The human hand harbours more harmful bacteria than public surfaces, a new study has found.
Researchers found the average pair of human hands is more unhygienic than escalators and benches in busy shopping centres and parks.
Yet only one in eight people always wash their hands before eating, the study shows.
Swabs taken from dirty looking surfaces in St Albans city centre and Luton Town Mall revealed a surprising lack of harmful bugs.
From escalator handrails to park benches, the most bacteria ridden swabs were still hundreds of times cleaner than the average pair of hands.
It means hands are far more likely to make us unwell than the apparently filthy surfaces in and around cafes and fast food restaurants we try to avoid.
Laboratory tests on 25 samples from tables, benches, escalator handrails, high chairs and children’s ride-on toys which looked stained, dirty and worn found hardly any harmful bacteria including staphylococcus, E.coli and enterobacteriaceae, which has been linked to deaths.
The reading was so low that the bacteria were either not present or were but only in tiny quantities, in most cases fewer than 10 per square cm.
The overall quantity was relatively low with 33,000 the worst example, a wooden public bench. 
Meanwhile, the average person carries more than 10 million bacteria on the hands alone and a University of Arizona study found a typical kitchen sponge will contain several million.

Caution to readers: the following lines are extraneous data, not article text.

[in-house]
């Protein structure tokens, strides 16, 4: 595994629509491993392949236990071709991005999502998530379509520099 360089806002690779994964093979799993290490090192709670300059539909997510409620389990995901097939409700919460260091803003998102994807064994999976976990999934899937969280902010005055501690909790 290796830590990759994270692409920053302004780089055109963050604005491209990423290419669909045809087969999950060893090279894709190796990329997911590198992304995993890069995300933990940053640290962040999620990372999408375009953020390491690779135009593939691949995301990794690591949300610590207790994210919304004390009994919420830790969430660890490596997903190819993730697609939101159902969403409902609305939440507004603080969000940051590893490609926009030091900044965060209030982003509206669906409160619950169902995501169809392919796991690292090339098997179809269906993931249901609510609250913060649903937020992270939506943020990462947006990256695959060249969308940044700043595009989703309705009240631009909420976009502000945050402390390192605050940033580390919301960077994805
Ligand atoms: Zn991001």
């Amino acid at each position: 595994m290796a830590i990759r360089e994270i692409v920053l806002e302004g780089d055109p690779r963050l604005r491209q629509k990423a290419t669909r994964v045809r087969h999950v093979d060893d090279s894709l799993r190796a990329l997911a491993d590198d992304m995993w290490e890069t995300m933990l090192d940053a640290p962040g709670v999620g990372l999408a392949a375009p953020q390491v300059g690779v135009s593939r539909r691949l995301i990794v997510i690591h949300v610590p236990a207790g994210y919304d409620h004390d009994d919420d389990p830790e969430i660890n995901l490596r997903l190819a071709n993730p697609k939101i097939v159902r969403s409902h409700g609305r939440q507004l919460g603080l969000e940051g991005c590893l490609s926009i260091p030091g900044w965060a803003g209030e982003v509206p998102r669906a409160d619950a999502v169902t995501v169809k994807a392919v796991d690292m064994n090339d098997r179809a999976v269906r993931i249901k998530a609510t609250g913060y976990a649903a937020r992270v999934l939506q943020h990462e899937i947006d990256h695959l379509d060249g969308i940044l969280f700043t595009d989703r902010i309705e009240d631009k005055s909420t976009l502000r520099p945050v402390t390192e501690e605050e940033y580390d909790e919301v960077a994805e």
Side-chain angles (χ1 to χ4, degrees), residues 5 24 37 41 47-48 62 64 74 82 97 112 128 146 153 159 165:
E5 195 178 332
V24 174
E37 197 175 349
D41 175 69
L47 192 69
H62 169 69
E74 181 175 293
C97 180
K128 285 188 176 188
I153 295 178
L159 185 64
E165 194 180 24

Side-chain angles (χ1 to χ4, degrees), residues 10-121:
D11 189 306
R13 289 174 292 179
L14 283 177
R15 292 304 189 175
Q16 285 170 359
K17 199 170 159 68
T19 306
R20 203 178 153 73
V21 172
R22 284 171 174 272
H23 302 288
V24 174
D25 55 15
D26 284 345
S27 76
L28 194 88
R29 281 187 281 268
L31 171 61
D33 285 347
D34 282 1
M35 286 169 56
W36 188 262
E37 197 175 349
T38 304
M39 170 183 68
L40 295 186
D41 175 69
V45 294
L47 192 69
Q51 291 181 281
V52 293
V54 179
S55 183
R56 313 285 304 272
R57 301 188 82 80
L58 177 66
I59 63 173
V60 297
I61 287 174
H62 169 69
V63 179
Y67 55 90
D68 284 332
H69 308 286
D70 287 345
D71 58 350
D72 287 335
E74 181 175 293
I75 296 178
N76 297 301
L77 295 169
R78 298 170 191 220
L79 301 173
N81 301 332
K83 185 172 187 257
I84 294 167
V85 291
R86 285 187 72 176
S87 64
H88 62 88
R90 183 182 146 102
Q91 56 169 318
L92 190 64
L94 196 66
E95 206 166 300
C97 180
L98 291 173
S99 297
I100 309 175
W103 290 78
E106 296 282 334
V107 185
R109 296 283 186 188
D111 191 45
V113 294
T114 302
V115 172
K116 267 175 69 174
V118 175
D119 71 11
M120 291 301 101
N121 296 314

Meanwhile, a parallel survey found 92 per cent would avoid dirty looking tables and seats, citing health as the primary concern. 
By contrast, just 13 per cent would avoid eating unless they had washed or cleansed their hands.
Two years ago a UK study found faecal germs are present on 26 per cent of hands.
The UN estimates hand washing alone could save more than a million lives a year from diarrhoeal diseases and prevent respiratory infections.
Bola Lafe, founder of water sanitisers Aquaint, which commissioned the research, said: 'This study highlights the fact people avoid what they believe will make them unwell. 
'In fact, we need to narrow the lens when it comes to spotting potential risks to health.
'Our hands operate a highly effective public transport network for bacteria and viruses. During the course of a day, we all touch hundreds of surfaces and have varying attitudes to hand washing.
'This is totally out of our control so rather than just avoiding certain areas, good hand hygiene should be the top priority. 
'Our hands are in frequent contact with our mouths or with items that we put in our mouths, making them the fastest route to illness.'
He added: 'A dirty table is not pleasant but neither is it dangerous by default.
'By contrast, a gleaming shiny table could well be harbouring high levels of potentially dangerous bacteria. The lesson is unless you have cleaned your hands as well as the surface, it is a lottery.'
A second study, conducted by Initial Washroom Hygiene, found almost a quarter of people out on their lunch break were carrying potentially elevated levels of bacteria on their hands.
Around 300 people's hands, handbags, mobile phones and other personal items were swabbed at an event in central London.
Researchers found 56 of the 234 people who offered their hands for testing were carrying potentially high levels of bacteria, which could indicate a high risk of cross-contamination.
'Good practice advises that members of the public should wash their hands approximately every four hours.'